“Servus.” Said an older gentleman while we were walking through the mountains in Bavaria and I immediately felt my friends lost eyes on me.
She made me think about German foreign language books. Upon reflection, I realised that most beginners’ books teach:
- Guten Morgen (used from about 6am until about noon)
- Guten Tag (used throughout the day)
- Guten Abend (used from about 6pm onwards)
However, Germans use a range of different greetings and leavings. If you go to Germany without knowing them beforehand, you might just feel like my friend, like being hit by a train.
Their usages depend to some extent on their location and age.
Young people tend to use the following phrases to great others (especially people of their own generation):
- Mahlzeit! Be careful when you use it because it is exclusively used at mealtimes.
The following phrases are very common in the south of Germany:
- Servus. This probably the most common one.
- Griaß di God. It means Grüß Gott in higher German.
- Griaß eahna Gott. It means Grüß Sie Gott and is the formal version of the above greeting.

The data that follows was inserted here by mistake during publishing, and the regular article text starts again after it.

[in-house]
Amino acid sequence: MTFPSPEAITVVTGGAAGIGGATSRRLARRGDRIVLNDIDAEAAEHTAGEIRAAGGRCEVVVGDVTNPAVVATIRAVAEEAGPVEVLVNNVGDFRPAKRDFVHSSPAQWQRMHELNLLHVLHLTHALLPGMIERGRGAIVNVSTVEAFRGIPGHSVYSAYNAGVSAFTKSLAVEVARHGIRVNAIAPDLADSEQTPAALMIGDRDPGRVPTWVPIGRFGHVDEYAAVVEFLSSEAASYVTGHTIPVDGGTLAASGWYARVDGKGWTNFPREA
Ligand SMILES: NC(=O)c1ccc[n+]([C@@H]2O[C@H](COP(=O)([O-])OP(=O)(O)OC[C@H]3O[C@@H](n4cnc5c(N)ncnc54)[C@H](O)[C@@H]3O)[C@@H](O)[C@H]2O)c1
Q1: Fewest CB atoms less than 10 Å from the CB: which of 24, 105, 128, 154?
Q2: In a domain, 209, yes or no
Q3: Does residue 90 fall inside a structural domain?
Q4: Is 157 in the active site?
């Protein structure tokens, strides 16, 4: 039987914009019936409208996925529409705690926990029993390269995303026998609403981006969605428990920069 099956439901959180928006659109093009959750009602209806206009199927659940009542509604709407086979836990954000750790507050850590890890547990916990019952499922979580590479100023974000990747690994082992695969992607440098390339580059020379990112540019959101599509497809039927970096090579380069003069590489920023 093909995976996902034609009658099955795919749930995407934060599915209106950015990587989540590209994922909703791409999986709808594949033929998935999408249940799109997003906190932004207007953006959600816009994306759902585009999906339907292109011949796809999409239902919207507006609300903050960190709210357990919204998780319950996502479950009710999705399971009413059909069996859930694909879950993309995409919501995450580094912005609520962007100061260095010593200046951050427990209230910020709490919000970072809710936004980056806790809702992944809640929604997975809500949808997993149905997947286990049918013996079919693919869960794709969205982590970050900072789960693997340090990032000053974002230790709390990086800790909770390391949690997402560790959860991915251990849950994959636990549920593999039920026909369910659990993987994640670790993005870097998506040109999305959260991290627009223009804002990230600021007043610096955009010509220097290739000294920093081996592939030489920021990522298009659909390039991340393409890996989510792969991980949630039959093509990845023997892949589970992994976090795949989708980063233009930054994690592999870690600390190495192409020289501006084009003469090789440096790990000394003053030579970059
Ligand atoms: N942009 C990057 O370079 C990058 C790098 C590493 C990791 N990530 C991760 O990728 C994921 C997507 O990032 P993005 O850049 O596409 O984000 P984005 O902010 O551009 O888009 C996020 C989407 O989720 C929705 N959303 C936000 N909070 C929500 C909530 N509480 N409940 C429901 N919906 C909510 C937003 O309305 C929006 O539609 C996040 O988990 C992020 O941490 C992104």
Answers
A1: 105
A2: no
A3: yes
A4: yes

- Griaß di. It means Grüß dich in higher German.
- Griaß eahna . It means Grüß Sie. So, it is the formal version of the above.
- Griaß di. Wia geht ’s da denn? It means Grüß dich. Wie geht es dir in higher German.
People in the north of Germany great using phrases like:
- Note that Moin. Moin. used in some areas.
- Tach. It is the informal version of Tag in higher German.
- If you want to gain points with the locals, you might want to respond with Tach auch.
Likewise, Germans use a range of leavings:
- Schönen Tag (noch) / Schönes Wochenende.
- Wir sprechen uns bald / Wir sprechen uns später.
- Gute Fahrt! / Gute Reise!
In the south of Germany people use the following leavings:
- Pfiat di! Or pfüat di! It means Behüte dich in higher German.
- Pfiat di Gott! or pfüat di Gott! It means Behüte dich Gott in higher German.
- Pfiat Eahna! This is the formal version of the above.
- Servus! Yes, it is used as a greeting and a leaving.
- Ade! You might hear it from older generations.
When you go to the north you will hear the following:
- Tschüss. It is the most common one in the north. A
- Tschö! This, in a way, is an altered version of the above.
- Adjö. This is one, too. People from the north like to think that is very posh and educated to use it because it comes from French.
Yes, you guessed right there are a lot more greetings and leavings in German. However, these ones are the most common ones and I am sure they will come in handy when you go there.